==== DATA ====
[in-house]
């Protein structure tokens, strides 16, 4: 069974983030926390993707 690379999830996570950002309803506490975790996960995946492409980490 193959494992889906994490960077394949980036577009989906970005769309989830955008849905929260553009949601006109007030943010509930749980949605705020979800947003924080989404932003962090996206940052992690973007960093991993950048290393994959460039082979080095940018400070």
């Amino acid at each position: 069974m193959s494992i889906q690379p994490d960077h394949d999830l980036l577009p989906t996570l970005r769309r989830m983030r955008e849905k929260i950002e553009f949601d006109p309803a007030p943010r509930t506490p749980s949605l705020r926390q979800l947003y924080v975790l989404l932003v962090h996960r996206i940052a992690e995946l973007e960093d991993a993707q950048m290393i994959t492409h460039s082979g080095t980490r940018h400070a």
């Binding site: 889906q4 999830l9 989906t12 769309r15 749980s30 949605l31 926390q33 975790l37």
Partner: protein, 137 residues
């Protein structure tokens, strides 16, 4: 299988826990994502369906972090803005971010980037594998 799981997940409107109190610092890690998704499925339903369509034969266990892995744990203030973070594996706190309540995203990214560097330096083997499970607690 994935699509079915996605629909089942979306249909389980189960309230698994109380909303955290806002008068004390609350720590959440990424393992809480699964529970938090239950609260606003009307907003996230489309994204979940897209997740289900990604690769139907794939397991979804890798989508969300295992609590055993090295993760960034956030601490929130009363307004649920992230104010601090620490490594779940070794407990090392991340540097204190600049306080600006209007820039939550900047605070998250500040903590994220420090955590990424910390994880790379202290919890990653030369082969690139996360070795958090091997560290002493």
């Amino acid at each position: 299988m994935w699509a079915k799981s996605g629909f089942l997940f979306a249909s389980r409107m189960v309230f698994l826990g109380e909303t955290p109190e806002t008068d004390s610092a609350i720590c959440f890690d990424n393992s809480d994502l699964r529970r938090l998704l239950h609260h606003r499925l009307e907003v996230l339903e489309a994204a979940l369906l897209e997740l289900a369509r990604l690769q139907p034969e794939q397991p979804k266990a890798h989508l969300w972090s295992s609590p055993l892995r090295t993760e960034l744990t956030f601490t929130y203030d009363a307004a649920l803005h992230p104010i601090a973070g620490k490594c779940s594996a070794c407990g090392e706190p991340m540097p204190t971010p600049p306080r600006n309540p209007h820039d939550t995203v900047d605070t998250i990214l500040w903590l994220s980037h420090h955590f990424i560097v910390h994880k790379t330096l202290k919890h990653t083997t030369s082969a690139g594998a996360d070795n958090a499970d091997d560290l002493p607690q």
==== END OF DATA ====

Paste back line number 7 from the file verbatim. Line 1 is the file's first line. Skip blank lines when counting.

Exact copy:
């Amino acid at each position: 299988m994935w699509a079915k799981s996605g629909f089942l997940f979306a249909s389980r409107m189960v309230f698994l826990g109380e909303t955290p109190e806002t008068d004390s610092a609350i720590c959440f890690d990424n393992s809480d994502l699964r529970r938090l998704l239950h609260h606003r499925l009307e907003v996230l339903e489309a994204a979940l369906l897209e997740l289900a369509r990604l690769q139907p034969e794939q397991p979804k266990a890798h989508l969300w972090s295992s609590p055993l892995r090295t993760e960034l744990t956030f601490t929130y203030d009363a307004a649920l803005h992230p104010i601090a973070g620490k490594c779940s594996a070794c407990g090392e706190p991340m540097p204190t971010p600049p306080r600006n309540p209007h820039d939550t995203v900047d605070t998250i990214l500040w903590l994220s980037h420090h955590f990424i560097v910390h994880k790379t330096l202290k919890h990653t083997t030369s082969a690139g594998a996360d070795n958090a499970d091997d560290l002493p607690q």